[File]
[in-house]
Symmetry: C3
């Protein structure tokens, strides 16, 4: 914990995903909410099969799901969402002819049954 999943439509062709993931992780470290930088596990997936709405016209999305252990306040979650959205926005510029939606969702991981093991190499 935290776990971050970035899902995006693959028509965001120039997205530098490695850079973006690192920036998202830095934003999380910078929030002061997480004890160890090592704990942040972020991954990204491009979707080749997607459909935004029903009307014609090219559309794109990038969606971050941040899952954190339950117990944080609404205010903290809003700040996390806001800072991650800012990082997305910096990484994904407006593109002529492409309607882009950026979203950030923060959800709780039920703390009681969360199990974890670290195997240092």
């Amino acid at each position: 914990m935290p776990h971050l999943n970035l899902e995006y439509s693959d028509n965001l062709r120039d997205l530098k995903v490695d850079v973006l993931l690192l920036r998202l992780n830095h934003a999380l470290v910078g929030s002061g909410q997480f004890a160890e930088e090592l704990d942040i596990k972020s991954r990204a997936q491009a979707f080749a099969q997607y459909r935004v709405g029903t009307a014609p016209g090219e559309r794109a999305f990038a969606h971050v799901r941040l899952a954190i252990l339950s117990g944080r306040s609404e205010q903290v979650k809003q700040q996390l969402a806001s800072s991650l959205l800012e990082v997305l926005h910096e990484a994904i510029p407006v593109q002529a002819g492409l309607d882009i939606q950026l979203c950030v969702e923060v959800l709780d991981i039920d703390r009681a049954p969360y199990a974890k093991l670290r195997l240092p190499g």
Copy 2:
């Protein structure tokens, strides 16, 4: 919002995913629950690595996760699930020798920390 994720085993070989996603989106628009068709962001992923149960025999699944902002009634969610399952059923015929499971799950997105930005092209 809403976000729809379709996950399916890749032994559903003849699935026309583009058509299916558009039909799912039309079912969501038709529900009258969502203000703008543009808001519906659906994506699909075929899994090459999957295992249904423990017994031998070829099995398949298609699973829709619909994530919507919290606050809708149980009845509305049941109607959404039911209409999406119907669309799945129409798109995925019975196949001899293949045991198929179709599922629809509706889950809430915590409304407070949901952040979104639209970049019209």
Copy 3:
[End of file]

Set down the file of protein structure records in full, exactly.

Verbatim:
[in-house]
Symmetry: C3
């Protein structure tokens, strides 16, 4: 914990995903909410099969799901969402002819049954 999943439509062709993931992780470290930088596990997936709405016209999305252990306040979650959205926005510029939606969702991981093991190499 935290776990971050970035899902995006693959028509965001120039997205530098490695850079973006690192920036998202830095934003999380910078929030002061997480004890160890090592704990942040972020991954990204491009979707080749997607459909935004029903009307014609090219559309794109990038969606971050941040899952954190339950117990944080609404205010903290809003700040996390806001800072991650800012990082997305910096990484994904407006593109002529492409309607882009950026979203950030923060959800709780039920703390009681969360199990974890670290195997240092």
């Amino acid at each position: 914990m935290p776990h971050l999943n970035l899902e995006y439509s693959d028509n965001l062709r120039d997205l530098k995903v490695d850079v973006l993931l690192l920036r998202l992780n830095h934003a999380l470290v910078g929030s002061g909410q997480f004890a160890e930088e090592l704990d942040i596990k972020s991954r990204a997936q491009a979707f080749a099969q997607y459909r935004v709405g029903t009307a014609p016209g090219e559309r794109a999305f990038a969606h971050v799901r941040l899952a954190i252990l339950s117990g944080r306040s609404e205010q903290v979650k809003q700040q996390l969402a806001s800072s991650l959205l800012e990082v997305l926005h910096e990484a994904i510029p407006v593109q002529a002819g492409l309607d882009i939606q950026l979203c950030v969702e923060v959800l709780d991981i039920d703390r009681a049954p969360y199990a974890k093991l670290r195997l240092p190499g």
Copy 2:
């Protein structure tokens, strides 16, 4: 919002995913629950690595996760699930020798920390 994720085993070989996603989106628009068709962001992923149960025999699944902002009634969610399952059923015929499971799950997105930005092209 809403976000729809379709996950399916890749032994559903003849699935026309583009058509299916558009039909799912039309079912969501038709529900009258969502203000703008543009808001519906659906994506699909075929899994090459999957295992249904423990017994031998070829099995398949298609699973829709619909994530919507919290606050809708149980009845509305049941109607959404039911209409999406119907669309799945129409798109995925019975196949001899293949045991198929179709599922629809509706889950809430915590409304407070949901952040979104639209970049019209």
Copy 3: